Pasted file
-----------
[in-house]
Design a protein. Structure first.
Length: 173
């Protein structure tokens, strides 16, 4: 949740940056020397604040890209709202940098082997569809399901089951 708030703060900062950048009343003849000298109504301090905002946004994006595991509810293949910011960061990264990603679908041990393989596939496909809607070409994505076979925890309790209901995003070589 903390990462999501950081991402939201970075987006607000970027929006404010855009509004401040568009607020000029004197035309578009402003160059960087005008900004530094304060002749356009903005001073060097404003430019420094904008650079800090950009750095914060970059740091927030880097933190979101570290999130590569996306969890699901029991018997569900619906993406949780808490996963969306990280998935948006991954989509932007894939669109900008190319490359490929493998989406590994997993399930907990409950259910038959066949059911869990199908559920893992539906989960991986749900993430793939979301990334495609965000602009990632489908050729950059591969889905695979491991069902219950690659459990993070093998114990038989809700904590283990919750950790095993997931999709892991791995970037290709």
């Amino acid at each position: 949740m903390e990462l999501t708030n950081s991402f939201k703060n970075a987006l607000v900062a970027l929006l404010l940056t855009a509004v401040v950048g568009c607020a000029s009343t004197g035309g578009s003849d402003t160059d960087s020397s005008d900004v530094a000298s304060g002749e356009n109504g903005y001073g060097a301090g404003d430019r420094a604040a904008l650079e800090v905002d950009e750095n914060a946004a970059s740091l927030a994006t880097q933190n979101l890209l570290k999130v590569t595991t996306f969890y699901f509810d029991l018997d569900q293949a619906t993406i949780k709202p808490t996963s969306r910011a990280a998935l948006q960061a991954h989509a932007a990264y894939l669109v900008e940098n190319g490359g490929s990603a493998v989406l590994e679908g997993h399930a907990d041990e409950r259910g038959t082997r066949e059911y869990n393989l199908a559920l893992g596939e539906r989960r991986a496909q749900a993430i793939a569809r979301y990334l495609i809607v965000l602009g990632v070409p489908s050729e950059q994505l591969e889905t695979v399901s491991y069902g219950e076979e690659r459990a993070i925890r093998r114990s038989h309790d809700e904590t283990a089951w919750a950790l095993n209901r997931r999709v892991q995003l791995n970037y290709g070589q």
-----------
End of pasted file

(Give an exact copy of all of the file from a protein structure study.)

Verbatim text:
[in-house]
Design a protein. Structure first.
Length: 173
């Protein structure tokens, strides 16, 4: 949740940056020397604040890209709202940098082997569809399901089951 708030703060900062950048009343003849000298109504301090905002946004994006595991509810293949910011960061990264990603679908041990393989596939496909809607070409994505076979925890309790209901995003070589 903390990462999501950081991402939201970075987006607000970027929006404010855009509004401040568009607020000029004197035309578009402003160059960087005008900004530094304060002749356009903005001073060097404003430019420094904008650079800090950009750095914060970059740091927030880097933190979101570290999130590569996306969890699901029991018997569900619906993406949780808490996963969306990280998935948006991954989509932007894939669109900008190319490359490929493998989406590994997993399930907990409950259910038959066949059911869990199908559920893992539906989960991986749900993430793939979301990334495609965000602009990632489908050729950059591969889905695979491991069902219950690659459990993070093998114990038989809700904590283990919750950790095993997931999709892991791995970037290709």
């Amino acid at each position: 949740m903390e990462l999501t708030n950081s991402f939201k703060n970075a987006l607000v900062a970027l929006l404010l940056t855009a509004v401040v950048g568009c607020a000029s009343t004197g035309g578009s003849d402003t160059d960087s020397s005008d900004v530094a000298s304060g002749e356009n109504g903005y001073g060097a301090g404003d430019r420094a604040a904008l650079e800090v905002d950009e750095n914060a946004a970059s740091l927030a994006t880097q933190n979101l890209l570290k999130v590569t595991t996306f969890y699901f509810d029991l018997d569900q293949a619906t993406i949780k709202p808490t996963s969306r910011a990280a998935l948006q960061a991954h989509a932007a990264y894939l669109v900008e940098n190319g490359g490929s990603a493998v989406l590994e679908g997993h399930a907990d041990e409950r259910g038959t082997r066949e059911y869990n393989l199908a559920l893992g596939e539906r989960r991986a496909q749900a993430i793939a569809r979301y990334l495609i809607v965000l602009g990632v070409p489908s050729e950059q994505l591969e889905t695979v399901s491991y069902g219950e076979e690659r459990a993070i925890r093998r114990s038989h309790d809700e904590t283990a089951w919750a950790l095993n209901r997931r999709v892991q995003l791995n970037y290709g070589q």